Gypsies depend on holiday cash while Turkey’s economy fails Turkey



When flower sellers take out red and green coca on the street, the holiday season has arrived in Istanbul.

It is believed to have started as a Christmas tradition of the Greek community in Turkey, coca it is made by joining two different plants that grow in the wild and looks like a perfect version of holly. Its name comes from the Greek for red.

Gypsy florists have been making this bouquet for at least a century, picking blood-red berries and stems, both of thorny plants found in the woods. It is a vital source of income for many gypsies – members of one of the poorest ethnic groups in Turkey, who are banned from all low-paying jobs due to widespread discrimination – and especially this year, when there are little work available and the economic situation. it gets worse.

The Turkish lira plunged to an all-time low against the dollar on Monday, after losing half its value since early 2021. The cost of goods has skyrocketed due to government insistence on interest rates. ‘low interest rates although inflation wiped out profits, especially for the poorest households. Social media is full of images of long queues for subsidized bread, sold by opposition municipalities Istanbul go to the capital, Ankara.

Eyüp, a 23-year-old gypsy cleaning worker in Istanbul, used his annual vacation to search for the red berries in Samsun, a city by the Black Sea. He had to leave his wife and two young children at home, and for weeks he has been staying in a makeshift tent in the cold, climbing tall trees and bushes to reach the groups they call. squeaky.

Kokina he does not wither for months after being searched, which could explain the popularity of this laborious invention that Eyüp called “torture to do.” “My hands are horrible because of the thorns,” he said. “But I had to pay my bills.” The family does not have a refrigerator at home, and lately the formula of milk and diapers cannot be allowed for their children.

According to official statistics, annual inflation reached 21.31% in November, a figure that critics say is too low and does not reflect reality. An independent group of academics called the Inflation Research Group has been challenging official figures with calculations of 58.65% in November.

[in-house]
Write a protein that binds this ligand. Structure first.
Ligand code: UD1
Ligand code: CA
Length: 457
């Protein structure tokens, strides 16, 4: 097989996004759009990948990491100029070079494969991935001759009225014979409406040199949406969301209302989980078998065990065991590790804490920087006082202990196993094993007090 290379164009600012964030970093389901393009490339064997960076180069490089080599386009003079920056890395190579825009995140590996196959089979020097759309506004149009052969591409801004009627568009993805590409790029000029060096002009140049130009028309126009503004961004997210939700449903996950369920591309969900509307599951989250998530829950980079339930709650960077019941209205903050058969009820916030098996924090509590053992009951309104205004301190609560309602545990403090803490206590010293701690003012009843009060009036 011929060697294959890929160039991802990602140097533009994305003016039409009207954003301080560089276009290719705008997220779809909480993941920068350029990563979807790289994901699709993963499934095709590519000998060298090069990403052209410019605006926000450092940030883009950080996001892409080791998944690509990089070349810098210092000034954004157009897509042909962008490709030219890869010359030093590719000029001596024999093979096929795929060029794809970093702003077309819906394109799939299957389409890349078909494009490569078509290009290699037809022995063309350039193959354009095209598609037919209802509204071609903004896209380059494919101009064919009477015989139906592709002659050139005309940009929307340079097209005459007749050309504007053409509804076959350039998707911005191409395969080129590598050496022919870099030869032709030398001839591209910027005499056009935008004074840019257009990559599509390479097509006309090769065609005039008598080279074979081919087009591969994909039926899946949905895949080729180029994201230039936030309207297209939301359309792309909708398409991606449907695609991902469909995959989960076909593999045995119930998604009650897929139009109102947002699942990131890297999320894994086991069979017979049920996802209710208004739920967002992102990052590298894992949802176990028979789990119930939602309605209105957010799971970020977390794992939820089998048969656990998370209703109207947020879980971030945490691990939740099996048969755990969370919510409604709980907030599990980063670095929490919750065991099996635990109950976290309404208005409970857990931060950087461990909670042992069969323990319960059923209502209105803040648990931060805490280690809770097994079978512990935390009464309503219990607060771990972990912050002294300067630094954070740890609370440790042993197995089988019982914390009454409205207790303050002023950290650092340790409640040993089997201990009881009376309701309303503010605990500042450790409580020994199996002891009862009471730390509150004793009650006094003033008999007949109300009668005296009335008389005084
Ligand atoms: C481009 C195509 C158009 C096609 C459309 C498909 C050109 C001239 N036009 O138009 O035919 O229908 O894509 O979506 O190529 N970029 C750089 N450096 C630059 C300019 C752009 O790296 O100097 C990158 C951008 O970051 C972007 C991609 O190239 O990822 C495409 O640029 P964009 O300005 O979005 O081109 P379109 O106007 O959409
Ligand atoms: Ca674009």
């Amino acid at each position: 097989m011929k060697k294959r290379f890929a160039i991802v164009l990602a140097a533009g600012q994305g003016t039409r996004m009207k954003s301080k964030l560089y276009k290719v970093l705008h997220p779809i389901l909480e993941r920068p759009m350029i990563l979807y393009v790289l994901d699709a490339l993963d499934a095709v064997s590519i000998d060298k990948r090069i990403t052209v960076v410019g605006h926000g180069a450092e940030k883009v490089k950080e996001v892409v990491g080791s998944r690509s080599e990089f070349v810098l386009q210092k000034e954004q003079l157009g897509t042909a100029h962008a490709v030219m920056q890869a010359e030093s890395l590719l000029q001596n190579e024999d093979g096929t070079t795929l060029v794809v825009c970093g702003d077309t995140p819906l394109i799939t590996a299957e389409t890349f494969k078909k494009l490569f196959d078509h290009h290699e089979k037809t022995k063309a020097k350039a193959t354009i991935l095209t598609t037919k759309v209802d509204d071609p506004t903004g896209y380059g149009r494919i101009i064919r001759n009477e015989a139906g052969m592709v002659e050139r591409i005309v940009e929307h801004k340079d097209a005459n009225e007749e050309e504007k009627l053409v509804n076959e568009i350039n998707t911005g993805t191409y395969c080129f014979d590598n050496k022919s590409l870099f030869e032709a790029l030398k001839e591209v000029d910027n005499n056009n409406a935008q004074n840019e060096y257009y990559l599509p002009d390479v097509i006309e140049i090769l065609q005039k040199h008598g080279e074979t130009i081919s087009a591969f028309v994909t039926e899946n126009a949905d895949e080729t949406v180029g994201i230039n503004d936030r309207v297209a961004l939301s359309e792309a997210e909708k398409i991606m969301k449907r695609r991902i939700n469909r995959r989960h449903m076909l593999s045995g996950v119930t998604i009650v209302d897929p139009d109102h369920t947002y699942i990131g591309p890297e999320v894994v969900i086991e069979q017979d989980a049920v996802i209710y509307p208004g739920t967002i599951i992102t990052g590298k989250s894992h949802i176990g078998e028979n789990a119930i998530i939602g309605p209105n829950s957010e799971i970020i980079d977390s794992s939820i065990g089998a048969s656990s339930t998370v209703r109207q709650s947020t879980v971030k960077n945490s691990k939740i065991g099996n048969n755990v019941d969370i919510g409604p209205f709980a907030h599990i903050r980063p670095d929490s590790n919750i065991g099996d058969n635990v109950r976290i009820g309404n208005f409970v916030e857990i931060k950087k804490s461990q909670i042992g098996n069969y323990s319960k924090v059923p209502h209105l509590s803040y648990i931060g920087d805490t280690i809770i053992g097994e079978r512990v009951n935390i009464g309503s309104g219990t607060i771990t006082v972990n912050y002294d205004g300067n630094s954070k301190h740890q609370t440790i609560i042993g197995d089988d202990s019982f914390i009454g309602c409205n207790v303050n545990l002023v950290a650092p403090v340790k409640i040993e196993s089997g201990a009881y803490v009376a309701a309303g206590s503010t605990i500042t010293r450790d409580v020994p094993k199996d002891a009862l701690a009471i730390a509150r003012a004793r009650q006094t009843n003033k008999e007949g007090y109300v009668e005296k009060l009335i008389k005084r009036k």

The main opposition leader, Kemal Kılıçdaroğlu, wrote to supermarket owners in December urging them not to raise prices for “10 items for survival” during the winter, including flour, salt and pasta. This seems unlikely: since January, egg prices have risen by 48% and yoghurts by 45%, according to a survey by, a data verification platform that compared price tags on two popular retailers.

Two women selling chicken
Women selling chicken in Nişantaşı, a rich district of Istanbul. Photo: Elif Ince

“We are all impoverished, but for some, there is no lower step,” said Hacer Foggo, a veteran civil society activist who founded an NGO called the Deep Poverty Network during the pandemic to support those most in need. , many of whom are gypsies.

Some gypsy families you know can’t afford baby food, replacing it with sugary water. In almost every home that NGO workers visit now, they see delays in the development of young children due to chronic malnutrition. “A six-year-old looks like three,” Foggo said.

In a 2020 survey, the group found that 49% of households could not even afford drinking water. “It has gotten a lot worse since then,” he added.

A man publishes TikTok showing the gypsy community harvesting kokina in the Christmas tradition: video
A man publishes TikTok showing the gypsy community harvesting kokina in the Christmas tradition: video

A 2012 Council of Europe report stated that Turkey had the largest Roma population in Europe and that there had been regular attempts to improve it. Turkish President Recep Tayyip Erdogan in 2010 apologized to gypsies for decades of discriminatory policies and announced an initiative to help. Another action plan followed in 2016, but critics have said both remain on paper.

Poverty is passed down from generation to generation, Foggo said. “The gypsy kids I met years ago are picking up trash like their parents.”

Kokina, it has also been passed down from generation to generation. An article in the 1934 Turkish newspaper mentioned “Selling gypsies to cooka for Christmas ”on Istiklal Caddesi, a popular shopping avenue in the heart of Istanbul. “We learned to do it from our grandparents as children,” Eyüp said. It has gathered at least 10,000 branches since October.

“All hopes are on coca now, “Foggo said.

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